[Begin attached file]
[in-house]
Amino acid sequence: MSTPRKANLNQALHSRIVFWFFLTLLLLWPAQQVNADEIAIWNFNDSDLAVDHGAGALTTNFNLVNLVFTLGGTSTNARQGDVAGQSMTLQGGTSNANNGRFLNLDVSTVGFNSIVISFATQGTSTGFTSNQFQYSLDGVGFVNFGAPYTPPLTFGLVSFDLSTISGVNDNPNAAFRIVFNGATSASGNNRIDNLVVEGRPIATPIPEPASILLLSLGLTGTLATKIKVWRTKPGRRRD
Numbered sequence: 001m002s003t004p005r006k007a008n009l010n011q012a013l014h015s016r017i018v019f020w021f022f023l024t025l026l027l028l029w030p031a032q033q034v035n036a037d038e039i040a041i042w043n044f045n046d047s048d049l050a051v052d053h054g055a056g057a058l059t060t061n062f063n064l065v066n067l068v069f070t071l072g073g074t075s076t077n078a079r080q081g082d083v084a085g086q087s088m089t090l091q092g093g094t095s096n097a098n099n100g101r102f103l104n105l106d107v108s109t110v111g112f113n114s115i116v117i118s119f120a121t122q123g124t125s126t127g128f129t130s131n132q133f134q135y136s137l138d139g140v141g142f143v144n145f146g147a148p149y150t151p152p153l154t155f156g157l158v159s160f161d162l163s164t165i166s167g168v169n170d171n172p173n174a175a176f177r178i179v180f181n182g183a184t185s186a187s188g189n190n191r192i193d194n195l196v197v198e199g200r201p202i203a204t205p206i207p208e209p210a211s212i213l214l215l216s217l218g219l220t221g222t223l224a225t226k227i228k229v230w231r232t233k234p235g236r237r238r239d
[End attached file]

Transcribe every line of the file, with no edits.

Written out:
[in-house]
Amino acid sequence: MSTPRKANLNQALHSRIVFWFFLTLLLLWPAQQVNADEIAIWNFNDSDLAVDHGAGALTTNFNLVNLVFTLGGTSTNARQGDVAGQSMTLQGGTSNANNGRFLNLDVSTVGFNSIVISFATQGTSTGFTSNQFQYSLDGVGFVNFGAPYTPPLTFGLVSFDLSTISGVNDNPNAAFRIVFNGATSASGNNRIDNLVVEGRPIATPIPEPASILLLSLGLTGTLATKIKVWRTKPGRRRD
Numbered sequence: 001m002s003t004p005r006k007a008n009l010n011q012a013l014h015s016r017i018v019f020w021f022f023l024t025l026l027l028l029w030p031a032q033q034v035n036a037d038e039i040a041i042w043n044f045n046d047s048d049l050a051v052d053h054g055a056g057a058l059t060t061n062f063n064l065v066n067l068v069f070t071l072g073g074t075s076t077n078a079r080q081g082d083v084a085g086q087s088m089t090l091q092g093g094t095s096n097a098n099n100g101r102f103l104n105l106d107v108s109t110v111g112f113n114s115i116v117i118s119f120a121t122q123g124t125s126t127g128f129t130s131n132q133f134q135y136s137l138d139g140v141g142f143v144n145f146g147a148p149y150t151p152p153l154t155f156g157l158v159s160f161d162l163s164t165i166s167g168v169n170d171n172p173n174a175a176f177r178i179v180f181n182g183a184t185s186a187s188g189n190n191r192i193d194n195l196v197v198e199g200r201p202i203a204t205p206i207p208e209p210a211s212i213l214l215l216s217l218g219l220t221g222t223l224a225t226k227i228k229v230w231r232t233k234p235g236r237r238r239d